And My credit is very good. I just wanted it to close so I did it.)

The higher the risk, the more the reward. You can have excellent credit, and still be high risk.

You can have debt ratio problems, The property could be in a undesirable area, ( They call this RED
LINING. Lenders are not suppose to do that, but they do it anyway. If the property is in a undesirable
area, the lender will compensate by lowering the appraisal, because the property will take longer to
market, if the lender takes it back ), You could have questionable stability, ( How long you’re on the
job or living in the house.) Just remember, the weaker the deal, the more information the lender is
going to ask, and then want to verify your answer.

The fact that the broker took 6 month to do your deal, is a sure sign that this wasn’t the piece of cake
that your trying to tell us it is in your story. The broker doesn’t make a dime to play with your deal for
6 months. As a matter of fact, the broker risks losing the deal the longer they take, and they know that.

Most brokers are on commission, so the attitude that borrowers have about brokers (they give you the
run around), is just not true.
What happens is when a broker runs up against time consuming problems with a deal, they go work
another deal to make a living that month, and will come back to your deal when they can.


It’s your job to learn about financing, and know when a deal is a deal, or not.

I get so tired of borrowers crying and wining about how the broker screwed them. When to fact of the
matter is, they don’t know what the hell their doing. So I say learn this business, and take the responsibility
for your actions, and when you do. You will no longer feel like your being victimized by the broker.

Ed Garcia

Ed, can you suggest… - Posted by Lorna…FT. Worth, TX

Posted by Lorna…FT. Worth, TX on December 11, 1999 at 14:46:30:

to a “newbie” where to start in learning about financing. Is your seminar “How go get lenders…” available for purchase?

Thank you.


WOW Ed…you hurt my feelings!!! - Posted by Tony James

Posted by Tony James on December 07, 1999 at 20:22:30:

Just kiddin ED… I take it as tough love. But your right! I didn’t know what was goin on. It was my first deal, and if I would have known more about the proccess, it would have helped out allot. I would have known what the under writer wanted. And you are right that the property is in a bad area… we call it “DA HOOD”. Also my credit is new. Even though the interest rate is high, I still got money at closing, and I suppose that is what counts. It’s not like I live there paying the mortgage payments, the tenants do.

However, I would like to find a way to learn how to do it properly, and put myself in a position where I can close deals in a timely fashion, and give the Lenders what they need off the top.

Re:YOUR SUPPOSE TO BE A PRO… - Posted by Randy D.

Posted by Randy D. on December 07, 1999 at 13:12:00:


I’ve had the same problems that Tony is talking about in fact It’s happening to me as I speak so how about putting out a book or course to teach us how to deal with these #%@#$ lenders?

Re: WOW Ed…you hurt my feelings!!! - Posted by Ed Garcia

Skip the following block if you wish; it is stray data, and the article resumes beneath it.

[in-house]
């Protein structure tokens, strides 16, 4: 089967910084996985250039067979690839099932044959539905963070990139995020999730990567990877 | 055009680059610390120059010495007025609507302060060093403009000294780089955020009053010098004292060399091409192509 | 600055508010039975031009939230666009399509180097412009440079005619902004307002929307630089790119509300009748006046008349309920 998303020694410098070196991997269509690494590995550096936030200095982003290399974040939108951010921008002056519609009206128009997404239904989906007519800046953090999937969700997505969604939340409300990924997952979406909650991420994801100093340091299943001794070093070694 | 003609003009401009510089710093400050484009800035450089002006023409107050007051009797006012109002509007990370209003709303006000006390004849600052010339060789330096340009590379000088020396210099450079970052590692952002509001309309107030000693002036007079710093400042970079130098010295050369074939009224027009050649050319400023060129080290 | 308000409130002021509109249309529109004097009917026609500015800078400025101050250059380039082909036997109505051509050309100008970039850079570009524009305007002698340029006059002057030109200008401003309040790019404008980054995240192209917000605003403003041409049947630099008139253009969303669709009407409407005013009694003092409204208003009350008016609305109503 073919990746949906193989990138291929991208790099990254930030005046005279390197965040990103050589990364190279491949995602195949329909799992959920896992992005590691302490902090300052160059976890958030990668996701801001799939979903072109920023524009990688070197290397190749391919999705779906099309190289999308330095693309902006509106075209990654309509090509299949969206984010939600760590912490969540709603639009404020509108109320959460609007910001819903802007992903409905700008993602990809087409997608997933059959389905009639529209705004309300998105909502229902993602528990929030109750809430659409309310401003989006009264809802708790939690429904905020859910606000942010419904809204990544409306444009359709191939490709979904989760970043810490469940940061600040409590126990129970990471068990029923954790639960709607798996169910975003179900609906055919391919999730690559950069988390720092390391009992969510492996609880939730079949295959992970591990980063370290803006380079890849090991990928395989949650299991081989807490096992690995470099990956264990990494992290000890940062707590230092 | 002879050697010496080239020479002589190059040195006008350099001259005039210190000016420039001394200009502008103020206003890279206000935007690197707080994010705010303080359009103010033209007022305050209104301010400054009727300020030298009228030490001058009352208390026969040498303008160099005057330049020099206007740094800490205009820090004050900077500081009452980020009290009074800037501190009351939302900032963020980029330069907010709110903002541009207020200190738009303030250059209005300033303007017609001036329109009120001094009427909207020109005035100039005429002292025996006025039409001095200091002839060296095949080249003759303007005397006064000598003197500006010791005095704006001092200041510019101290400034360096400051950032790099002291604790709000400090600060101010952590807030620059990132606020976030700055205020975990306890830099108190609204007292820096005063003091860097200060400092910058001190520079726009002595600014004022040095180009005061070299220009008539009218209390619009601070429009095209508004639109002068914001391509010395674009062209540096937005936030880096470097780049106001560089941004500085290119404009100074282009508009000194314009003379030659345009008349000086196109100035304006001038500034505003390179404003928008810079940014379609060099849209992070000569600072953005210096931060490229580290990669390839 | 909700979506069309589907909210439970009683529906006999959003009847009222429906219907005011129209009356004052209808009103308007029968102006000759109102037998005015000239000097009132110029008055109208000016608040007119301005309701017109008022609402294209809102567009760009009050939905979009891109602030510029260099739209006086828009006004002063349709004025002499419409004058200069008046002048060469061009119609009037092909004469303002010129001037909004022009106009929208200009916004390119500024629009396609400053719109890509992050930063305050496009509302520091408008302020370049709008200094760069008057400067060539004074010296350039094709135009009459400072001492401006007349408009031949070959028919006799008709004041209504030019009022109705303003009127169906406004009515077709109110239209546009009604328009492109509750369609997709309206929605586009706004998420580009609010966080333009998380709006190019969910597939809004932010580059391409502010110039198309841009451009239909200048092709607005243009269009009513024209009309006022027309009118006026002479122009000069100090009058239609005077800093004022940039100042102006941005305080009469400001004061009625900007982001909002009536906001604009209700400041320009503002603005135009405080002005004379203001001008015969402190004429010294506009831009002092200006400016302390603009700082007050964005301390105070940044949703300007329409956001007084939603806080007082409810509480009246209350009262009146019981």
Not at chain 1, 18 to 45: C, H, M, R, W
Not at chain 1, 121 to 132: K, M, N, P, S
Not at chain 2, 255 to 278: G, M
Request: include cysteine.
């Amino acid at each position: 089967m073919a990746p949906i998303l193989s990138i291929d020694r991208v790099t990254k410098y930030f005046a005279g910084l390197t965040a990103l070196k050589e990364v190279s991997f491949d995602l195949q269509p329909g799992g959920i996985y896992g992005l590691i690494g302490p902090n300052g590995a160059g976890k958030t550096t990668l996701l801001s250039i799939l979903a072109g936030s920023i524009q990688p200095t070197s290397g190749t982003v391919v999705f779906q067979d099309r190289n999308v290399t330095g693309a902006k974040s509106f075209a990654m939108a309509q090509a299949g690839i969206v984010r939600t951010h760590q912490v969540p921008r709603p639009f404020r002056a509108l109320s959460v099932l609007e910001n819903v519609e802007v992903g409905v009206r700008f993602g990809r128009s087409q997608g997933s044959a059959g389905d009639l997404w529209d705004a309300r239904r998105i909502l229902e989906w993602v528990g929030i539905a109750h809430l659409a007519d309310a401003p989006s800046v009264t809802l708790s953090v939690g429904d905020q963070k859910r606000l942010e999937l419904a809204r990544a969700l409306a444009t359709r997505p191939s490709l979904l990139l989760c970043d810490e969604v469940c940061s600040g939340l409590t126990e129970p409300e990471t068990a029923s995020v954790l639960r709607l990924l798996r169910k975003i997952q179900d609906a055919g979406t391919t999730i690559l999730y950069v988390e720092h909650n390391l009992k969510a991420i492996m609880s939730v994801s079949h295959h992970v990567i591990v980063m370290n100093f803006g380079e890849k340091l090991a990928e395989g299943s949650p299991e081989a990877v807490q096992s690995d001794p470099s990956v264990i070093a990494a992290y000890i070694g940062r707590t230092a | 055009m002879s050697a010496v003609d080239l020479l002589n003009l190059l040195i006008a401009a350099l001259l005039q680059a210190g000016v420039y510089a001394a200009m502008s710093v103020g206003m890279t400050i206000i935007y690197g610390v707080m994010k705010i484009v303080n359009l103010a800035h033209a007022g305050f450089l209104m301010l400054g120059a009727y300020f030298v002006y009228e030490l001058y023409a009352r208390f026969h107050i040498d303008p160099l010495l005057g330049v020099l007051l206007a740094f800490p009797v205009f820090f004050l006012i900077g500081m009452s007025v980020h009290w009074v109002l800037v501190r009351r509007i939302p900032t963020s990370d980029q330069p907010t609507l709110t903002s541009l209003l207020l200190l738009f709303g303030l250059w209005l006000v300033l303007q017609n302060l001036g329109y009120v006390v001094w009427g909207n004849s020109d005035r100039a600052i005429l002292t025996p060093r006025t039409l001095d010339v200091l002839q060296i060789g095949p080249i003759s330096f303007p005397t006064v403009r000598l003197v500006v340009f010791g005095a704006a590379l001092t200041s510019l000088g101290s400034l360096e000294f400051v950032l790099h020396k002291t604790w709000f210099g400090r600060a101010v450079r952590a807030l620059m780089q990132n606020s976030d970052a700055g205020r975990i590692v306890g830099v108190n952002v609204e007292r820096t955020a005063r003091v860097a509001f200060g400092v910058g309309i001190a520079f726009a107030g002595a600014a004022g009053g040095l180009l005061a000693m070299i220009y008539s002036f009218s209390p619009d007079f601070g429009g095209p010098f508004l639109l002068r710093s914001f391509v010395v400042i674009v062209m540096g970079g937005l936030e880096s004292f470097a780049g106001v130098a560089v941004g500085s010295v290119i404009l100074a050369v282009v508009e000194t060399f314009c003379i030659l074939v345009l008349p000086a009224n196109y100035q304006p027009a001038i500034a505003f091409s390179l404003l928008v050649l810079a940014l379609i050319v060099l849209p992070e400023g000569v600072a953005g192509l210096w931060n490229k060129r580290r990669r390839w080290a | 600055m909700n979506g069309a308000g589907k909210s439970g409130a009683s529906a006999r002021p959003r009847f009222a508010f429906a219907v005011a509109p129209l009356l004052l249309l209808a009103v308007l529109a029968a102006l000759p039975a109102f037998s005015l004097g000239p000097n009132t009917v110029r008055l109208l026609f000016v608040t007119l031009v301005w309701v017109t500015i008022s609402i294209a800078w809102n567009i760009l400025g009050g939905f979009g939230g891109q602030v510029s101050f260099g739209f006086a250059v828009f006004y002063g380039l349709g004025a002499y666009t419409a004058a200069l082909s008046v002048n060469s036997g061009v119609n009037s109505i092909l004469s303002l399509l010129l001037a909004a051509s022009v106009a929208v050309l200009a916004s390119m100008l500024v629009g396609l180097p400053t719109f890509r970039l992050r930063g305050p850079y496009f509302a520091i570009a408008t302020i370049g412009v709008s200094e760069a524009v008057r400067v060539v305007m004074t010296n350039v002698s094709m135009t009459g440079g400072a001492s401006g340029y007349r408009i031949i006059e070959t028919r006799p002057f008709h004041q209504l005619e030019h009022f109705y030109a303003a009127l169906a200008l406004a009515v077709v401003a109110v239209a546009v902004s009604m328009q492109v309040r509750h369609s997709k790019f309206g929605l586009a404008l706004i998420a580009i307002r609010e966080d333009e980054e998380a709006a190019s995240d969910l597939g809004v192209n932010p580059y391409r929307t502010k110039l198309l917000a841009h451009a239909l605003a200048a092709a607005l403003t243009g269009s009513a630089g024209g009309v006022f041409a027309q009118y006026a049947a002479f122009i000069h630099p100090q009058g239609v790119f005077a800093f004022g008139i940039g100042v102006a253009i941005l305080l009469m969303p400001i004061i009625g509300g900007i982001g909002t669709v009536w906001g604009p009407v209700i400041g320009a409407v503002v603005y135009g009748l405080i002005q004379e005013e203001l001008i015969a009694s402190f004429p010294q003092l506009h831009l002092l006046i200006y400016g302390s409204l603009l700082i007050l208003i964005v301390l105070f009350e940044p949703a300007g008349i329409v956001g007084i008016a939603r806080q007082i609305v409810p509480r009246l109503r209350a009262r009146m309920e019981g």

Posted by Ed Garcia on December 07, 1999 at 23:12:31:


Thanks, that’s how it was intended.

You know it wasn’t meant to be personal. You were sharing the problems you were having with
your deal, and I was trying to make you and those reading your post, to realize that we can’t
allow ourselves to be victimized by a Realtor, Broker, Lender, or anybody.

To put the blame on others would be of no use. We put ourselves in a position to allow ourselves
To be victimized when we don’t learn from our mistakes.

If we really intend to make a living in this business, we need to understand the ins and outs of

Financing is the key. It can help you buy property and it can help you sell property as well.

Tony, I can’t tell you how frustrated I get when I hear people complain about brokers.
Not because I care about the broker, but because I don’t understand how someone will not
see the value of understanding financing when it’s so important to their deal.

It’s like playing a game and not knowing the rules. If you don’t know the rules, then how
can you expect to play the game.

Tony, anytime you want some help or a second opinion, feel free to call me. I’d be glad to help you.

Ed Garcia


Posted by Jim IL on December 07, 1999 at 13:37:27:

Ed and Terry Vaughn do have a seminar that they gave a few months back about this.
As Ed stated, it was called, “How to get lenders fighting to give you money”.
I regrettfully missed it, but from reading the posts here afterwards, it was worth every penny it cost to attend.
If it is offered again in a few months, you can BET I’ll be there.

Ed is one of the nicest people you will EVER have the HONOR to read, talk to, or meet. (if you are lucky.)
So, take his words from that persective. He shares his knowledge and experience freely, and is always right on the money.
He is a nice guy.
He knows his stuff.

Happy investing to you,
Jim IL

ED…would you add to this list or make corrections as needed? - Posted by Tony James

Posted by Tony James on December 08, 1999 at 03:14:39:

I want to look from the point of view of the underwriter, and the broker. I want to know what makes the underwrite want to take a deal, so that I can make effort on looking my best when the broker sends in my information. So far I learned from my last experience,

#1 Have some kind of Capital to show for Down Payment…even if the broker says 100%

#2 At LEAST have a strong two year work history

#3 Last 2 years of Tax return…show as much income as possible

#4 Bank statments

#5 Pest inspection on property

#6 Insurance

#7 Appraisal

#8 Purchase aggreement that is complete for best interest

#9 Send in Check stubs every 2 weeks even if not asked for

#10 Show All sources of Income including Leases from Tenants

#11 Call EVERYDAY to check progress with the broker to make sure he is doing his Job correctly…Some times they forget because they are so busy.

ED, if you could make your own check list from your experience, and share it with us FRUSTRATES BORROWERS…I think it would help out allot. Financing is the first thing most of us investors must master. And I think we hurt ourselves by not knowing how to finance properly.